We saw the Prima Power E5x turret punch press at an exhibition and were impressed with its simplicity and low power consumption. Within weeks of the installation we absolutely loved the machine.
On the hydraulic machines, the pumps alone were continuously consuming 35 kW of power while the Prima Power machines are using just 4 kW when in use, and next to nothing when idle.
Previously our tooling bill was around £2000 per month. Now it is £2000 per year. I can only put it down to the accuracy of the machines and the shearing action of the punches under servo-electric power, which has proved to be very kind on tools.
We have done time studies and the output of the Prima Power machines is greater with its faster turret and much shorter lag in the programme, which results in more efficient punching.
We are always looking at new production methods and in our recent trip to Prima Power in Finland we were impressed with the Shear Genius® SGe servo-electric punch and right angle shear. We would have no worries in extending our partnership with Prima Power as the machines have been highly cost effective, very reliable and the service has been excellent with same day or next day response.”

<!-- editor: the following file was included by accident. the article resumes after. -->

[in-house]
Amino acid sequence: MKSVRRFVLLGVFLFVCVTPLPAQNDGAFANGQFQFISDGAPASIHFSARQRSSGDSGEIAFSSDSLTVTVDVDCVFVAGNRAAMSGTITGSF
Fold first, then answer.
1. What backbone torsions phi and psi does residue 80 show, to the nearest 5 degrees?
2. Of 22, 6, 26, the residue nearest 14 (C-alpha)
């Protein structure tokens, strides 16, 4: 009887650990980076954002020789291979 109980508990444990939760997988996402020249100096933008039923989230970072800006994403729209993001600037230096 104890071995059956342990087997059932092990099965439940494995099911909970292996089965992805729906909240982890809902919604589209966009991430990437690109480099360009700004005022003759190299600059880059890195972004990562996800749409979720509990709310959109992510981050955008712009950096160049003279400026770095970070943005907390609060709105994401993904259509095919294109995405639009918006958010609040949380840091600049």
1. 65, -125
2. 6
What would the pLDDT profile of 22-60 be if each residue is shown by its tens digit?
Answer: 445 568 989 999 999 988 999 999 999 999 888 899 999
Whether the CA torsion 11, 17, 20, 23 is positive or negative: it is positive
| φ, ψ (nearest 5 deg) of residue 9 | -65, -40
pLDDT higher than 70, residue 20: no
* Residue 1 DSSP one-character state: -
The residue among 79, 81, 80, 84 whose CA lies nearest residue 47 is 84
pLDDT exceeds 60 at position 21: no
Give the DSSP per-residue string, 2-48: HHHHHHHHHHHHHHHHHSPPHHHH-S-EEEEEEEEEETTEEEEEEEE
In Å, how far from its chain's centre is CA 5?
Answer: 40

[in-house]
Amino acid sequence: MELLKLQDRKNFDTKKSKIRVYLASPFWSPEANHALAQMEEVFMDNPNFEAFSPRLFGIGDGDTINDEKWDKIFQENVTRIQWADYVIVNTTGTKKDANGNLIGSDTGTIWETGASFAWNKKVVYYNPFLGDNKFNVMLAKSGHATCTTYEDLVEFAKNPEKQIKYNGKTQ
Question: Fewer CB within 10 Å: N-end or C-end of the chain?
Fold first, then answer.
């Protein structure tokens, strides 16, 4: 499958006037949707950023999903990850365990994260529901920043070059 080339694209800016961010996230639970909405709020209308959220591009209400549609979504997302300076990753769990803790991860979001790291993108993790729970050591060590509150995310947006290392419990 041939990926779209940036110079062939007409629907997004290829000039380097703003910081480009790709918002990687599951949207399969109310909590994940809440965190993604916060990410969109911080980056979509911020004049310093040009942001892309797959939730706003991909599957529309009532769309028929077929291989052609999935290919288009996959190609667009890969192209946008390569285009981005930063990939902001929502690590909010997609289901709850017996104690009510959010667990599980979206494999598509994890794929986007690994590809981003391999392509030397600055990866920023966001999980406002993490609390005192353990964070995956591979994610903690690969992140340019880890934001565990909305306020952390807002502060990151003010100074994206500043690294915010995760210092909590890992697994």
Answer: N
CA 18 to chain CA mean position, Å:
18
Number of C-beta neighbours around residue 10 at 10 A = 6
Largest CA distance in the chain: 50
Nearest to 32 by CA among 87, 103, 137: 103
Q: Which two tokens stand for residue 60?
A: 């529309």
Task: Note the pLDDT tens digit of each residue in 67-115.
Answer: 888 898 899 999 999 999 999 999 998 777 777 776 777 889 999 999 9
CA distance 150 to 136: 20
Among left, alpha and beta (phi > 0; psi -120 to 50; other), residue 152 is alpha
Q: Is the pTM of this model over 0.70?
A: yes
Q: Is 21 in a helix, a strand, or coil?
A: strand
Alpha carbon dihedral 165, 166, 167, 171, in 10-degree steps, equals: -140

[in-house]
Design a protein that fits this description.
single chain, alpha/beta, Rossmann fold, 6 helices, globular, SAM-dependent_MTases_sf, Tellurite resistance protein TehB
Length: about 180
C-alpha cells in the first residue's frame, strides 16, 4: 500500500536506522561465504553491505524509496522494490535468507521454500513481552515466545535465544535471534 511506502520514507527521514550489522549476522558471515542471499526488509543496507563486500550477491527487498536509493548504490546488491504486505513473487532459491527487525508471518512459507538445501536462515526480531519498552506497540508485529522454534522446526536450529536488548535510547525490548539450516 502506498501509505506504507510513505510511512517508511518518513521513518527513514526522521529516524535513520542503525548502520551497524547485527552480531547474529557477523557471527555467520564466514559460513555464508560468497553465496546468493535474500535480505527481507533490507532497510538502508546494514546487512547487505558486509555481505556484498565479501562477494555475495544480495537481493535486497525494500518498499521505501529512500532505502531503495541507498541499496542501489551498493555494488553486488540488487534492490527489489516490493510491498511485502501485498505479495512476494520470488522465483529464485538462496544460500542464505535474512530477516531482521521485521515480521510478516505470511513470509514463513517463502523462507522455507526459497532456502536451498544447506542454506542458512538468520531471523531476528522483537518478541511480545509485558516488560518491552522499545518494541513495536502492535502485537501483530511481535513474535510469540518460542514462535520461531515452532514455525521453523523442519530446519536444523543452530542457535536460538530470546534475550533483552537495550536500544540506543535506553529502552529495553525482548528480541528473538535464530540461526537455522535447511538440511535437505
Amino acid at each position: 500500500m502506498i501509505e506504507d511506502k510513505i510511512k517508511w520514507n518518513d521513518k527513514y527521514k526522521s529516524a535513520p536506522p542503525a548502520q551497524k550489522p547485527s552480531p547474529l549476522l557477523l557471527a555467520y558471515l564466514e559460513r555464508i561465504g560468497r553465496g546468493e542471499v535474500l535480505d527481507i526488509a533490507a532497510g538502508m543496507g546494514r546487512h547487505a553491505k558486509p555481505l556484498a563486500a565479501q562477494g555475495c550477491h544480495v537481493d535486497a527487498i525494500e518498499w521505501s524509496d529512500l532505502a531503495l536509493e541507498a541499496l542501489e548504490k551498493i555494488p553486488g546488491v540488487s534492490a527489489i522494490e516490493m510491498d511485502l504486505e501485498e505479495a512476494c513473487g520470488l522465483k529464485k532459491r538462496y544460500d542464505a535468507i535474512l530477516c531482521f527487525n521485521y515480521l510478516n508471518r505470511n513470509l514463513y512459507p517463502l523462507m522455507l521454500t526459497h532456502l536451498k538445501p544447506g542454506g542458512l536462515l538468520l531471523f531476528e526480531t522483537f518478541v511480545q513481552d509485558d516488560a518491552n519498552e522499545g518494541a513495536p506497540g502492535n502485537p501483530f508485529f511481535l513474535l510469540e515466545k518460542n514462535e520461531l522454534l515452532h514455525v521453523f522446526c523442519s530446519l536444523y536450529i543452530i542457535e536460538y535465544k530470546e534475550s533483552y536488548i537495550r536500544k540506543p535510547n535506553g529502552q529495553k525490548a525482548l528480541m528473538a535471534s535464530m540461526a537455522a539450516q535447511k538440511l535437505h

For Dale Sheetmetal, moving to Prima Power Ex-Series servo-electric punch presses solved its power consumption problems and improved productivity at a stroke.
The family run company based in Kings Lynn has been making fabricated parts since 1976 and
produces parts for the food industry, especially commercial refrigeration projects, as well as components for electronics, petro chemical and architectural applications. Its aim is to add value for its customers by fabricating and welding subassemblies from the individual parts it produces, simplifying the manufacture of its customers’ finished products, by using its skills to deliver high quality assemblies using JIT and Kanban principles.
The company had been using two hydraulic turret punch presses for some time, and it wanted to increase production. However, the machines it had were unreliable and the company was running at the top limit of the available electricity supply to its factory.
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